offender within the required five days and just three were visited at
home within ten days of the receiving area being notified that the
offender had moved. In two cases there was no evidence of the
transfer having been carried out according to national requirements.
Conclusion: This criterion represents an urgent priority for improvement.
2.2 General Criterion: PROTECTING THE PUBLIC BY MINIMISING
RISK OF HARM
All reasonable actions have been taken to protect the public by
keeping to a minimum the offender’s RoH to others.
Strengths: (a) An identified increase in RoH posed was acted upon appropriately by
the offender manager in 16 out of the 20 relevant cases.
(b) In all five cases where the offender had been recalled to custody
because of RoH concerns, this had been an appropriate part of the
risk management process. Recall had been actioned effectively in all
these cases, however there was evidence in only one case that clear
explanations for the recall had been given to the offender and
efforts made to re-engage this person.
Areas for (a) RoH was not being reviewed regularly. Only 44% of cases had been
Improvement: reviewed at the 16 week stage following the start of a community
order or release on licence. Where there had been a significant
change which might have given rise to an increase in RoH, there
had been no review in 54% of relevant cases.
(b) Changes in an offender’s RoH were not identified sufficiently swiftly
in 37% of relevant cases.
(c) MAPPA were assessed as having been used effectively in ten out of
the 15 relevant cases, and in five cases there was limited evidence
that offender managers or other relevant staff were contributing
effectively to MAPPA. Some offender managers spoke to us about
inconsistent attendance by other agencies at the Level 2 meetings,
resulting in action planning being less of a shared task than
anticipated. In the meeting we held with the probation area’s
strategic partners, the MAPPA SMB chair indicated that consistent
attendance by all partners had been an issue and steps were being
taken to address this.
(d) Ongoing planning to address RoH to children was absent in nine out
of 22 relevant cases, and sufficient home visits to monitor children’s
safeguarding issues took place in just four out of 12 relevant cases.
(e) There was a lack of evidence of ongoing planning to address RoH
posed to known adults in 39% of particular instances, and similarly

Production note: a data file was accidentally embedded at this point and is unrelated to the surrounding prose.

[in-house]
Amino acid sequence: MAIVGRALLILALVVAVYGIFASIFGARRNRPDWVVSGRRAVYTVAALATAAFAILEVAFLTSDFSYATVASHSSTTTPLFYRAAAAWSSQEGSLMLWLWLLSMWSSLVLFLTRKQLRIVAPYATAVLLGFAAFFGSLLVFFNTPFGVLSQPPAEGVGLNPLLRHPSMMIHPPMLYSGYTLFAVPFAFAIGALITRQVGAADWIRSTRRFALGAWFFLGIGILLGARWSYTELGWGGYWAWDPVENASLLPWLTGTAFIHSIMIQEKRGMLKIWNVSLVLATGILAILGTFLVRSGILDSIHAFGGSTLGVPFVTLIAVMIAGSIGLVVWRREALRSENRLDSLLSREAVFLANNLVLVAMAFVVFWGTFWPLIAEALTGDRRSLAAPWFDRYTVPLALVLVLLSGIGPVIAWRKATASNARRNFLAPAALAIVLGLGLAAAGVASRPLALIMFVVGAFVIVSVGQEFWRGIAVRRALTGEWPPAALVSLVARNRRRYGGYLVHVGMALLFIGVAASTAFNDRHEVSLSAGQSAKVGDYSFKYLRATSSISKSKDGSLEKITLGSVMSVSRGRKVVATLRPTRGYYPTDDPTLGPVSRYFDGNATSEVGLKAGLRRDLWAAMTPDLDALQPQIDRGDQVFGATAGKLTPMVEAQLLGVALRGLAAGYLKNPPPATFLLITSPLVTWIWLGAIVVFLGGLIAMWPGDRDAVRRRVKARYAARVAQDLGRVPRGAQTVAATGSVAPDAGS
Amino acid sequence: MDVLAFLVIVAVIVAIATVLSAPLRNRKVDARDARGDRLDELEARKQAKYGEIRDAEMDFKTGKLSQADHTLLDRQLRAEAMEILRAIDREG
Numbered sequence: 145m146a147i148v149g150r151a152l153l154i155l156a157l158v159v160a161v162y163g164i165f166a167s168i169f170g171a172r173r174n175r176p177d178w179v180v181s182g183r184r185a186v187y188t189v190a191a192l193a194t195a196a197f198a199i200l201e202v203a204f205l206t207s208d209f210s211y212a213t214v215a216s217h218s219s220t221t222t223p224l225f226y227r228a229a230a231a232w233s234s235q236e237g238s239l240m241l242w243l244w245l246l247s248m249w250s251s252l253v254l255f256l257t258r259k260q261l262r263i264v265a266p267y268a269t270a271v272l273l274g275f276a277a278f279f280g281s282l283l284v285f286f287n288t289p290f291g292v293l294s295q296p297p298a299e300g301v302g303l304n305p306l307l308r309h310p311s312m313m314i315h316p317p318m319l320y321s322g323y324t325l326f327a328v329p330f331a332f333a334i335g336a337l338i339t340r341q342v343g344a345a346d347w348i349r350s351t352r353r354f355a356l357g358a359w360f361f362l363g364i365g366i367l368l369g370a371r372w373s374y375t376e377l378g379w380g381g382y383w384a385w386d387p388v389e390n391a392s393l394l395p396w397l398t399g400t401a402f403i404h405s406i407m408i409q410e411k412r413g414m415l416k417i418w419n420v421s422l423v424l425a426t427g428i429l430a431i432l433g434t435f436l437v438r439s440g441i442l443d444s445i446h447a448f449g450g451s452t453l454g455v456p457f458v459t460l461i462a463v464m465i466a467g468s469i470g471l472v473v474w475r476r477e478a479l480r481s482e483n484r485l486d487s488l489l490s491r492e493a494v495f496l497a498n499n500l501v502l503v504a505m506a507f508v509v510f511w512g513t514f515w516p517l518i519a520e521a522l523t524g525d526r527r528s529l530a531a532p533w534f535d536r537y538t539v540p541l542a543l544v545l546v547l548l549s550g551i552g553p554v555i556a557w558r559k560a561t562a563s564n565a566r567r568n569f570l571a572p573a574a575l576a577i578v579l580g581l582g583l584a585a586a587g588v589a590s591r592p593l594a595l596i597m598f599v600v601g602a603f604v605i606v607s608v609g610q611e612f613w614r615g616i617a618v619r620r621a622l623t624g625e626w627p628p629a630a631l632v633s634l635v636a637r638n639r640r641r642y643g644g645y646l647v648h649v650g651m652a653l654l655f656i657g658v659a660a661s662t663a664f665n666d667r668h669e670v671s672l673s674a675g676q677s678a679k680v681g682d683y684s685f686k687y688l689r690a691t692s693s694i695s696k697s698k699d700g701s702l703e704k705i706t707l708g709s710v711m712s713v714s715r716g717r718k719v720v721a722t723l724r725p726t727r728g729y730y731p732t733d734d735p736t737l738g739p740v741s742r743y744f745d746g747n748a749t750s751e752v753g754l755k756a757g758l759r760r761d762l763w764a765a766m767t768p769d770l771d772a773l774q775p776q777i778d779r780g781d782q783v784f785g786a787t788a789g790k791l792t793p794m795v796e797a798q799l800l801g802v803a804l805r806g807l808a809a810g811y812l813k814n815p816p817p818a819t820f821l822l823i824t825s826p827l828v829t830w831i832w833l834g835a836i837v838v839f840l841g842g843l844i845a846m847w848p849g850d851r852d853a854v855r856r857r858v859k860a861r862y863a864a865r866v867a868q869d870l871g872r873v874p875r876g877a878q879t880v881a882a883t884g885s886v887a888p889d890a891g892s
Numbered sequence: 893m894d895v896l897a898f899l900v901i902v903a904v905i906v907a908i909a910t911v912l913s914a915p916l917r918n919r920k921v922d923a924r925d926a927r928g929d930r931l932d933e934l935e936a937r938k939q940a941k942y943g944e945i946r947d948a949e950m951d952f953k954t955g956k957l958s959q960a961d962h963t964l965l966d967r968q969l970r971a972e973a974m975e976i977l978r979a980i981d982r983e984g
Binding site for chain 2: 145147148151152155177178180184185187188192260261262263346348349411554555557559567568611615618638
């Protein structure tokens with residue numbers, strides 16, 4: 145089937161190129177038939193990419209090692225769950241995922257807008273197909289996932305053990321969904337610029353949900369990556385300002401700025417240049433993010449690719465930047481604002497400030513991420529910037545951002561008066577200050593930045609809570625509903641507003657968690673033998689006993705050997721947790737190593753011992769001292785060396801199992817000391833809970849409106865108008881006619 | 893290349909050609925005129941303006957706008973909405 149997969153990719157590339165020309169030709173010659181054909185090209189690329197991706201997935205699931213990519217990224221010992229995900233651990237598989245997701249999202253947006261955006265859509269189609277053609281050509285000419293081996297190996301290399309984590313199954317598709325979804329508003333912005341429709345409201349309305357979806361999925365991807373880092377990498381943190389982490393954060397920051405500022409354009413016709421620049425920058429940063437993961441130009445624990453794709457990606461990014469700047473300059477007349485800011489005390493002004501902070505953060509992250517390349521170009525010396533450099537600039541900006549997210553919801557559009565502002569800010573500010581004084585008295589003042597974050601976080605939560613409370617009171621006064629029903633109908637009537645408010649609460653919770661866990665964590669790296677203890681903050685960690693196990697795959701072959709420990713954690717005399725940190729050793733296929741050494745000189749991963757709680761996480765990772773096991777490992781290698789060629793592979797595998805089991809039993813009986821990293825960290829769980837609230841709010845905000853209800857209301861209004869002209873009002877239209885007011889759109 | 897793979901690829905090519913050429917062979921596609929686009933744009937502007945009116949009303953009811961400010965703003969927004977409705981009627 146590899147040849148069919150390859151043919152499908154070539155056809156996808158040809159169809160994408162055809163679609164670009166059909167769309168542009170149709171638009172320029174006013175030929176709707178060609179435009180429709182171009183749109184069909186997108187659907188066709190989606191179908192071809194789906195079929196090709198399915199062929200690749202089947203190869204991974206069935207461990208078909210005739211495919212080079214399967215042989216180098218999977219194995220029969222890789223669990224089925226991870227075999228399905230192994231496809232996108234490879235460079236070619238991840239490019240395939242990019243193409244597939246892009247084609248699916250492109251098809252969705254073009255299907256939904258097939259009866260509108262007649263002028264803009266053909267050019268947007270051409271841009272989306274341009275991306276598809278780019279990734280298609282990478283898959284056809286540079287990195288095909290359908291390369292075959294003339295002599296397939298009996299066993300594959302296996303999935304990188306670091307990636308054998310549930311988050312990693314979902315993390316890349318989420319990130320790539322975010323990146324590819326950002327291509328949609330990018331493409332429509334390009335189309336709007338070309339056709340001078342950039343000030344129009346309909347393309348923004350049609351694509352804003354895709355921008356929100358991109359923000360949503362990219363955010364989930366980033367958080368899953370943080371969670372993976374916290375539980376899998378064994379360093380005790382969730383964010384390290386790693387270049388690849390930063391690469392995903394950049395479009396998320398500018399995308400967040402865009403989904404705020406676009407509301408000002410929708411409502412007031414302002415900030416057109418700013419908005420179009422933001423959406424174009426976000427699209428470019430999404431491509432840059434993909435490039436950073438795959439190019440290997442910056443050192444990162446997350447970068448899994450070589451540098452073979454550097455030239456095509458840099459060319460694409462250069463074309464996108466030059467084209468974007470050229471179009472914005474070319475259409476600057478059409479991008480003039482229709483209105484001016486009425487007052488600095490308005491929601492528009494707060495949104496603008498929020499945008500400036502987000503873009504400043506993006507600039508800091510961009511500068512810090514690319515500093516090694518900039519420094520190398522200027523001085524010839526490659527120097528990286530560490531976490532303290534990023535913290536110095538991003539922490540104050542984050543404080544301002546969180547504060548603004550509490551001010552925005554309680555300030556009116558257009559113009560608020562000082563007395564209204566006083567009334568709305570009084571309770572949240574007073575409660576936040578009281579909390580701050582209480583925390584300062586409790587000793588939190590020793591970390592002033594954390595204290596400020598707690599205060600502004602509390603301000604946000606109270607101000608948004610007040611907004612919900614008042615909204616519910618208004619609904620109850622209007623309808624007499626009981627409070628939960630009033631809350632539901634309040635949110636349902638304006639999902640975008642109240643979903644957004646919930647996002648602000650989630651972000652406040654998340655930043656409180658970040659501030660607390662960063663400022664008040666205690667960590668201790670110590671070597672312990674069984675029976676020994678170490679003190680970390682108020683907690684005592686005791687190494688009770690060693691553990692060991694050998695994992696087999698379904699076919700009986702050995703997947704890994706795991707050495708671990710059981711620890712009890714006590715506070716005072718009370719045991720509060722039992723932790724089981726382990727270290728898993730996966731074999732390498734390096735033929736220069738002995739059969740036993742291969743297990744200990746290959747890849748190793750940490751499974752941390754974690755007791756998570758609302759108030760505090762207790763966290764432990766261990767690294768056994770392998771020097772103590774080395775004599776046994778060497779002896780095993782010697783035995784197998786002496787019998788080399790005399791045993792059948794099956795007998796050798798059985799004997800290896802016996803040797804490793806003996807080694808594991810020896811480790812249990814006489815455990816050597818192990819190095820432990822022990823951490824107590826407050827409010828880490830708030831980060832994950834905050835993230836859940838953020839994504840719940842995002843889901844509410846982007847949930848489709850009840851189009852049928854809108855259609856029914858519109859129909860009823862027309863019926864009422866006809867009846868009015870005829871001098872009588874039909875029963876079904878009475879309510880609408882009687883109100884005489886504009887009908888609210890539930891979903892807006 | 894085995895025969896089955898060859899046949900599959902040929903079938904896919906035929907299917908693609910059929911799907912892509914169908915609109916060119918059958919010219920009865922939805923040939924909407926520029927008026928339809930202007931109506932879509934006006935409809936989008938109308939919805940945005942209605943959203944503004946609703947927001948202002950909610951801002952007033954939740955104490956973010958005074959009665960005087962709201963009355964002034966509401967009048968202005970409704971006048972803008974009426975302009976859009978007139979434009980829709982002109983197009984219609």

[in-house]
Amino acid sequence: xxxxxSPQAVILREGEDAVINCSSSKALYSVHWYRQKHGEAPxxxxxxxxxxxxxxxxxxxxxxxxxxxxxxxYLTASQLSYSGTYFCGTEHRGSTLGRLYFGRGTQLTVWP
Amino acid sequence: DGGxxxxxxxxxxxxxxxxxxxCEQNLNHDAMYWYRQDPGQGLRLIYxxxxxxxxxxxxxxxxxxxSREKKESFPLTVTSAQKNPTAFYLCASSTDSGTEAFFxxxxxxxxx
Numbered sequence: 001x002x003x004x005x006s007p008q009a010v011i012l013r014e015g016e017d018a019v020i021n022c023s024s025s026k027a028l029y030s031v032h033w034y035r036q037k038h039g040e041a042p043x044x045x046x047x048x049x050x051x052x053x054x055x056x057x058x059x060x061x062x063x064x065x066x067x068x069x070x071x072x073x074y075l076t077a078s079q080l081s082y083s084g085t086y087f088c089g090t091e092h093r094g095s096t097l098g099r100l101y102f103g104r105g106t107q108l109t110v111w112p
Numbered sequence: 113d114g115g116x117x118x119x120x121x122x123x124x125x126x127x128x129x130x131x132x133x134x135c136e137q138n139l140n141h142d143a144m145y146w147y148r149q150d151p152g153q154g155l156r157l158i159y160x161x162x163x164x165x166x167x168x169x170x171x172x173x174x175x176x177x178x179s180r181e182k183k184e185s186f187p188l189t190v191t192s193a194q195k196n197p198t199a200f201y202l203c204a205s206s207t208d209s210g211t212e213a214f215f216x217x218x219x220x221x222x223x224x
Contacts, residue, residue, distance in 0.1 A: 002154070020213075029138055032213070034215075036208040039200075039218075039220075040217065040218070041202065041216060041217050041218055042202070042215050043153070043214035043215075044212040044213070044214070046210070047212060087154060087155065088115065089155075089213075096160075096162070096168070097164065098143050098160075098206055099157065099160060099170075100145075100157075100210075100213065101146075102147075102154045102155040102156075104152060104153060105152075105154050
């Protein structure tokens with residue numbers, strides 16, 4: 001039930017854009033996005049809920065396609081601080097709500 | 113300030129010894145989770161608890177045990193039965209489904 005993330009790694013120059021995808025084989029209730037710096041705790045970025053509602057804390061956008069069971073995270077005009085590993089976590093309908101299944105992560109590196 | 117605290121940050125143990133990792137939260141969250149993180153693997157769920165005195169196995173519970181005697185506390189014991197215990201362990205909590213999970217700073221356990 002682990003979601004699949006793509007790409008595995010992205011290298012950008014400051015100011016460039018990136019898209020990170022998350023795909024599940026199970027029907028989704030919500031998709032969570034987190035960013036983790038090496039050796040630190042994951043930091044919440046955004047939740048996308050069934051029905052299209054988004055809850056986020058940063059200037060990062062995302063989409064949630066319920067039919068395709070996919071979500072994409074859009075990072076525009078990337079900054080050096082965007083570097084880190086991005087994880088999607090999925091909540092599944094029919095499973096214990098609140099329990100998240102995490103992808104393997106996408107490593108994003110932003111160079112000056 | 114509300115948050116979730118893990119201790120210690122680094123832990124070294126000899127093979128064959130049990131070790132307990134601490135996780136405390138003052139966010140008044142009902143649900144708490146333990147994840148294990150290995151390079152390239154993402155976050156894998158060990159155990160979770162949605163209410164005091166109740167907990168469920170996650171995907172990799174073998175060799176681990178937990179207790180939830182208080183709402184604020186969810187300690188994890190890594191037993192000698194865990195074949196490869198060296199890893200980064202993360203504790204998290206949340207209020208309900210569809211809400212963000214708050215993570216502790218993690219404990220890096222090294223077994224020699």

to the public generally in 37% of relevant cases.
(f) Risk to staff was not being addressed in 11 of the 17cases where it
was an issue.
(g) Home visits in high RoH cases were carried out as required in just
27% of cases and only repeated as necessary to keep RoH to a
minimum in one case.
Conclusion: This criterion represents an urgent priority for improvement.
2.3 General Criterion: VICTIMS
Consistent attention is given to issues concerning victims.
Strengths: (a) In the statutory victim contact case where the victim responded to
our questionnaire, this person was completely satisfied with the
service provided. Also, in our victim interview group, a high level of
satisfaction was expressed with the work of the Victim Unit.
Offender managers too had praised its work, one noting “I couldn’t
do my work without them”.
(b) Where victims took up the offer of contact with the VLO, eight out of
11 had had the opportunity to give their views on appropriate
licence conditions to ensure their safety. The same number had
been informed of relevant release conditions. In our victim interview
group, all four attendees noted that they had had this opportunity
and there were several examples of the use of non-contact
conditions and exclusion zones as a result of attention being paid to
victim safety in this way.
Areas for (a) Victim awareness work had been undertaken with offenders in only
Improvement: 41% of relevant cases. This was particularly disappointing as the
findings in our original ESI in 2004 had been very similar and an
increased focus on victim awareness work had been part of the
recommendations. There had been some improvement at the time
of the follow-up inspection but this had clearly not been sustained.
(b) Out of 16 statutory victim contact cases in the sample, there was
evidence of half having had a written offer of face-to-face contact
with the VLO within the required timescale, and of ten having been
offered information about the criminal justice process. However, in
six of the cases the victim lived outside the Hertfordshire area and
the relevant information was not available on the files we saw. It
was thus possible that appropriate victim contact had been made by
another probation area, but the offender manager in Hertfordshire
was not aware of this, as they should have been.
(c) Victim safety had not been given a high priority in 13 out of the 46
cases where it was an issue. In addition, victim contact staff
reported that information regarding release dates was not